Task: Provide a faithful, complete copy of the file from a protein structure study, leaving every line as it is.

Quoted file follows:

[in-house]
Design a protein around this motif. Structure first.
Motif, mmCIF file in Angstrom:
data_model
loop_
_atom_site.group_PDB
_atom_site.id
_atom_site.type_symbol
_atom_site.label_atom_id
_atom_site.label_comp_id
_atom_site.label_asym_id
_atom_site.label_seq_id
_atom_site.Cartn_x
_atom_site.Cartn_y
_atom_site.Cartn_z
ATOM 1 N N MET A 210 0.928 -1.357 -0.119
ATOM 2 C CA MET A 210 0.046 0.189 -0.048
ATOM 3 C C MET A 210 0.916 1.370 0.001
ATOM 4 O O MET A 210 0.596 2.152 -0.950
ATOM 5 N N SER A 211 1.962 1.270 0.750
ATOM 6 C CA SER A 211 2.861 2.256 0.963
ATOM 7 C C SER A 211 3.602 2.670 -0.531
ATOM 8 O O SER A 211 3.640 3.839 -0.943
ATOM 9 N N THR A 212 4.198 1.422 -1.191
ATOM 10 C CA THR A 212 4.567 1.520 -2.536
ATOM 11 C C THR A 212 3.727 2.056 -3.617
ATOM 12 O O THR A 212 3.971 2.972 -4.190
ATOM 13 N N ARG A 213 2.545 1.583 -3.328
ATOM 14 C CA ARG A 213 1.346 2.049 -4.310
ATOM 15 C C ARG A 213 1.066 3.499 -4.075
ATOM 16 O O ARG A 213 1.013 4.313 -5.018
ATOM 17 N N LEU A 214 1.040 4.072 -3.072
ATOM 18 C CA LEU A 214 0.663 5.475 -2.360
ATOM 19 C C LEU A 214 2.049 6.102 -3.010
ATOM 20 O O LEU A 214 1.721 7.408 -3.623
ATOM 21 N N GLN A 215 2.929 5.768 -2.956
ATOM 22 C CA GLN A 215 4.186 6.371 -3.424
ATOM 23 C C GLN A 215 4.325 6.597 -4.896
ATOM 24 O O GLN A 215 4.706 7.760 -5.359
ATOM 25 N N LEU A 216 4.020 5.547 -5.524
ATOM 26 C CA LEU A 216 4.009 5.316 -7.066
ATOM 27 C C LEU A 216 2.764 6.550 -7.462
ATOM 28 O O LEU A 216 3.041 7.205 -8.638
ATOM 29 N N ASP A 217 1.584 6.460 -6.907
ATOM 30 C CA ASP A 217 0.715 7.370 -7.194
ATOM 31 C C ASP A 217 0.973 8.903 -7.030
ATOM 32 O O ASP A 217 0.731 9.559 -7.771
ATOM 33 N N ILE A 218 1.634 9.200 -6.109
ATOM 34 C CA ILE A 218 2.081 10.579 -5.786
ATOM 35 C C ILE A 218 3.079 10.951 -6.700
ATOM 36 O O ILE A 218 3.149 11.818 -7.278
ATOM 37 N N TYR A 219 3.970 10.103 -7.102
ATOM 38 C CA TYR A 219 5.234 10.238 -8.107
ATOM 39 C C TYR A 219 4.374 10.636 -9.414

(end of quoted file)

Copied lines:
[in-house]
Design a protein around this motif. Structure first.
Motif, mmCIF file in Angstrom:
data_model
loop_
_atom_site.group_PDB
_atom_site.id
_atom_site.type_symbol
_atom_site.label_atom_id
_atom_site.label_comp_id
_atom_site.label_asym_id
_atom_site.label_seq_id
_atom_site.Cartn_x
_atom_site.Cartn_y
_atom_site.Cartn_z
ATOM 1 N N MET A 210 0.928 -1.357 -0.119
ATOM 2 C CA MET A 210 0.046 0.189 -0.048
ATOM 3 C C MET A 210 0.916 1.370 0.001
ATOM 4 O O MET A 210 0.596 2.152 -0.950
ATOM 5 N N SER A 211 1.962 1.270 0.750
ATOM 6 C CA SER A 211 2.861 2.256 0.963
ATOM 7 C C SER A 211 3.602 2.670 -0.531
ATOM 8 O O SER A 211 3.640 3.839 -0.943
ATOM 9 N N THR A 212 4.198 1.422 -1.191
ATOM 10 C CA THR A 212 4.567 1.520 -2.536
ATOM 11 C C THR A 212 3.727 2.056 -3.617
ATOM 12 O O THR A 212 3.971 2.972 -4.190
ATOM 13 N N ARG A 213 2.545 1.583 -3.328
ATOM 14 C CA ARG A 213 1.346 2.049 -4.310
ATOM 15 C C ARG A 213 1.066 3.499 -4.075
ATOM 16 O O ARG A 213 1.013 4.313 -5.018
ATOM 17 N N LEU A 214 1.040 4.072 -3.072
ATOM 18 C CA LEU A 214 0.663 5.475 -2.360
ATOM 19 C C LEU A 214 2.049 6.102 -3.010
ATOM 20 O O LEU A 214 1.721 7.408 -3.623
ATOM 21 N N GLN A 215 2.929 5.768 -2.956
ATOM 22 C CA GLN A 215 4.186 6.371 -3.424
ATOM 23 C C GLN A 215 4.325 6.597 -4.896
ATOM 24 O O GLN A 215 4.706 7.760 -5.359
ATOM 25 N N LEU A 216 4.020 5.547 -5.524
ATOM 26 C CA LEU A 216 4.009 5.316 -7.066
ATOM 27 C C LEU A 216 2.764 6.550 -7.462
ATOM 28 O O LEU A 216 3.041 7.205 -8.638
ATOM 29 N N ASP A 217 1.584 6.460 -6.907
ATOM 30 C CA ASP A 217 0.715 7.370 -7.194
ATOM 31 C C ASP A 217 0.973 8.903 -7.030
ATOM 32 O O ASP A 217 0.731 9.559 -7.771
ATOM 33 N N ILE A 218 1.634 9.200 -6.109
ATOM 34 C CA ILE A 218 2.081 10.579 -5.786
ATOM 35 C C ILE A 218 3.079 10.951 -6.700
ATOM 36 O O ILE A 218 3.149 11.818 -7.278
ATOM 37 N N TYR A 219 3.970 10.103 -7.102
ATOM 38 C CA TYR A 219 5.234 10.238 -8.107
ATOM 39 C C TYR A 219 4.374 10.636 -9.414